I hope someone donates these cars to an automotive training program. That way the car has value in training young technicians and the insurance or person donating gets a write off. The cars are in the training program and never sold!

Seems to me with all the laws of the land ,heck add one more ...no car can be sold without a full discloser on that car and must accompany that car through out its life!!!!!!! bet car dealers would love that law!!!!!

dont look like those cars could be sold ...except to a junkyard

I have seen 2 cars come through the dealership where I am employed as an auto technition.
My dealer principal bought them at auction.
We then do a complete inspection and repair any defects.
These 2 cars had been completly submerged and then cleaned up to hide water damage.
Look for mud and debris signs in areas that are not accessable to pressure washers.Also look up behind the dash for dirt and grass,these areas are ard to clean.if you suspect water, Run.

I think any licensed vehicle dealer caught selling storm damaged vehicles (Old or New) should be fined, and made to give (free) the person they tried to screw, a new 2006 from the factory. A dealer in this case refers to used or new car dealers. No exceptions!!! Dealers buy most of their used cars at auction, and if they don't, they inspect trade-ins for damage before a deal is struck.
Why put all the blame of a purchase on the purchaser. You don't go to a jewelery store expecting to buy fake jewelery.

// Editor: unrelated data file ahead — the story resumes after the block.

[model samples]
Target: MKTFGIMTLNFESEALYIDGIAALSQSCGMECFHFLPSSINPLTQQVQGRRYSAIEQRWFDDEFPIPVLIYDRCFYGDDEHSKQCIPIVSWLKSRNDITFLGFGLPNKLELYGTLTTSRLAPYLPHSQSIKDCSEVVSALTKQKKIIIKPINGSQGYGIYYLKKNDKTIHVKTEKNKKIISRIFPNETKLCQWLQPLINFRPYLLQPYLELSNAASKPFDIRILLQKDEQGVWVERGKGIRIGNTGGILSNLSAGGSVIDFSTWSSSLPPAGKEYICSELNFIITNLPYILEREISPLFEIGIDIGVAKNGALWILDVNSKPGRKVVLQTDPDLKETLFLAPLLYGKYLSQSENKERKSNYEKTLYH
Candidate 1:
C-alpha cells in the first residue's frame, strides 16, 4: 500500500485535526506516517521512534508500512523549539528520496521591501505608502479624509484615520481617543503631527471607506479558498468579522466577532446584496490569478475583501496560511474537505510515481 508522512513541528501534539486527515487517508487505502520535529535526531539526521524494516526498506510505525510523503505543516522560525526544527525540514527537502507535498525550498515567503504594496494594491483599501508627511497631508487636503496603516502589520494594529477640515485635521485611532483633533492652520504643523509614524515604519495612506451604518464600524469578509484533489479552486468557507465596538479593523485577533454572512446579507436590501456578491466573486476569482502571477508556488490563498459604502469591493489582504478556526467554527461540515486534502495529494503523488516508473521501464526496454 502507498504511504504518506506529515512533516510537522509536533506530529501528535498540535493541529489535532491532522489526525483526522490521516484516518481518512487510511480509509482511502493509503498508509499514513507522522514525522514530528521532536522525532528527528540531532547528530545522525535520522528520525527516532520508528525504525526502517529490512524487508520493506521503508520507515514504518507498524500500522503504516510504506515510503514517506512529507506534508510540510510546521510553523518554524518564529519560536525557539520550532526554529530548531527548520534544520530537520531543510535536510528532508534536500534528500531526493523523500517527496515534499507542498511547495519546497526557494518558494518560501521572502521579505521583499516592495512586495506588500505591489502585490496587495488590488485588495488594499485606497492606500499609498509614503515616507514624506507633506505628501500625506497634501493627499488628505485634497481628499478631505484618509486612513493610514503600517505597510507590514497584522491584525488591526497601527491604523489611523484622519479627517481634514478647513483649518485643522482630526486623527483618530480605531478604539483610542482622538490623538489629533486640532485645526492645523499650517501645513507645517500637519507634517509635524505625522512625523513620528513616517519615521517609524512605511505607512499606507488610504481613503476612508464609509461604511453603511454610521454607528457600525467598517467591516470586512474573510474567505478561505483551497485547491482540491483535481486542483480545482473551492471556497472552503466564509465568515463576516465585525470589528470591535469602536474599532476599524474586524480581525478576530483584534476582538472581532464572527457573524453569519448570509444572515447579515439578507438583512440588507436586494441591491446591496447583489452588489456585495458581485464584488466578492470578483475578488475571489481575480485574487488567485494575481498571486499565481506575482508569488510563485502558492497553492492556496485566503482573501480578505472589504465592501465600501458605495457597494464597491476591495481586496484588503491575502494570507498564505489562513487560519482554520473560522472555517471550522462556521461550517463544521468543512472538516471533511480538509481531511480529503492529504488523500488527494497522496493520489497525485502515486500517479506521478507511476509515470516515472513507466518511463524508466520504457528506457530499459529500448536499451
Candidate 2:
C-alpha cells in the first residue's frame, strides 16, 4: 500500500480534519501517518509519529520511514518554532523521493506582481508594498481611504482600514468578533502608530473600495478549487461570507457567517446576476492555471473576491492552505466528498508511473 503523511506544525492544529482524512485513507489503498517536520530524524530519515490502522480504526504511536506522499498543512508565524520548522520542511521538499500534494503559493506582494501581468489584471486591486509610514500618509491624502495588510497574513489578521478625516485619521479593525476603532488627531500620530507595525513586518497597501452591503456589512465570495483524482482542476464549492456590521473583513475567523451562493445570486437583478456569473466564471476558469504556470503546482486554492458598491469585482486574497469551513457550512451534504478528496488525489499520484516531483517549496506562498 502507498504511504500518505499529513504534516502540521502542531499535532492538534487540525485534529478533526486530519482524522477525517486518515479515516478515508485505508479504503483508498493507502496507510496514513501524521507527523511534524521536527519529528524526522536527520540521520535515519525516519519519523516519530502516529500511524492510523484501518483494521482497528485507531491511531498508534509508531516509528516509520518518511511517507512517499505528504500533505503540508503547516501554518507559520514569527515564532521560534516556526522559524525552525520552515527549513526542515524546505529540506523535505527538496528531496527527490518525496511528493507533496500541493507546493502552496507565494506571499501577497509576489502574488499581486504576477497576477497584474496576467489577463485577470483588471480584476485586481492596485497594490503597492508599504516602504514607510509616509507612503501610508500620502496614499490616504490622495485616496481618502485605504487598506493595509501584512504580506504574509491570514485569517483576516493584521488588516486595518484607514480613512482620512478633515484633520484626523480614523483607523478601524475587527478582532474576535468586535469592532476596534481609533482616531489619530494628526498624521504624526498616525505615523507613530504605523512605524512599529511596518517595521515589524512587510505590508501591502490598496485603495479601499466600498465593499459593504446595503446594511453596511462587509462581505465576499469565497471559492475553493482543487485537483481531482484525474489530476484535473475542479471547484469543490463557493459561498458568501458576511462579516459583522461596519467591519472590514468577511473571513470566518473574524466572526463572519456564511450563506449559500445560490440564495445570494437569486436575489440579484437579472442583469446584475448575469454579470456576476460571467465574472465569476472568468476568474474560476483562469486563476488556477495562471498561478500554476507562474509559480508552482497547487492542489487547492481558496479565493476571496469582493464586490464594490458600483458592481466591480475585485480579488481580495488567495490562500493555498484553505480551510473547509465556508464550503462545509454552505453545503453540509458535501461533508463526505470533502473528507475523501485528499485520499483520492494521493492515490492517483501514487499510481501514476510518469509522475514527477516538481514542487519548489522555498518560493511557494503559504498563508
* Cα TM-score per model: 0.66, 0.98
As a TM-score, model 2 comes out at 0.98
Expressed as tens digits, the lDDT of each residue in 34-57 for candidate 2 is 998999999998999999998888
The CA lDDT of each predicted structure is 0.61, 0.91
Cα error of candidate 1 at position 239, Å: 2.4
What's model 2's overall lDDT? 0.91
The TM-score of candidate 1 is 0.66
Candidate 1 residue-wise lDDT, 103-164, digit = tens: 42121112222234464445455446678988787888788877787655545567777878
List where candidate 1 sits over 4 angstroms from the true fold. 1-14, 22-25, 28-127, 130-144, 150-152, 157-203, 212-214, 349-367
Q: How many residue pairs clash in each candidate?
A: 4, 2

buyers, really beware...water damaged cars were hauled out of the Florida Keys by the thousands, no mud there to look for

I'm glad to see that Frank was still able to muster up a smile. Our lives are SO much more important than a car. With that being said if you were able to see your car or even go back to see the destruction you were still blessed with your life to continue & just pick up the pieces. Don't ever give up, there's a blessing in every lesson!

Everyone needs to know that the Carfax and Auto check people only have the informaion that the insurance companies give them, so do more than just run a check on any used car. Any reputable dealer will let you have an independent mechanic look at a car before you buy it. If they won't agree to this, it's best to keep looking. Remember, if it sounds to good to be true, it probably is.

There are "minor water damage" cars appearing in the online auction sites already, as far north as Canada. Its a true tragedy that people will take advantage of others after they have lost everything. Use a "carfax" or something similar, before you buy, please!

Comments for this post have been closed.


Trackbacks are links to weblogs that reference this post. Like comments, trackbacks do no appear until approved by us. The trackback URL for this post is: http://www.typepad.com/services/trackback/6a00d83451b0aa69e200d8349f87d469e2

More Rising from Ruin

Story tips?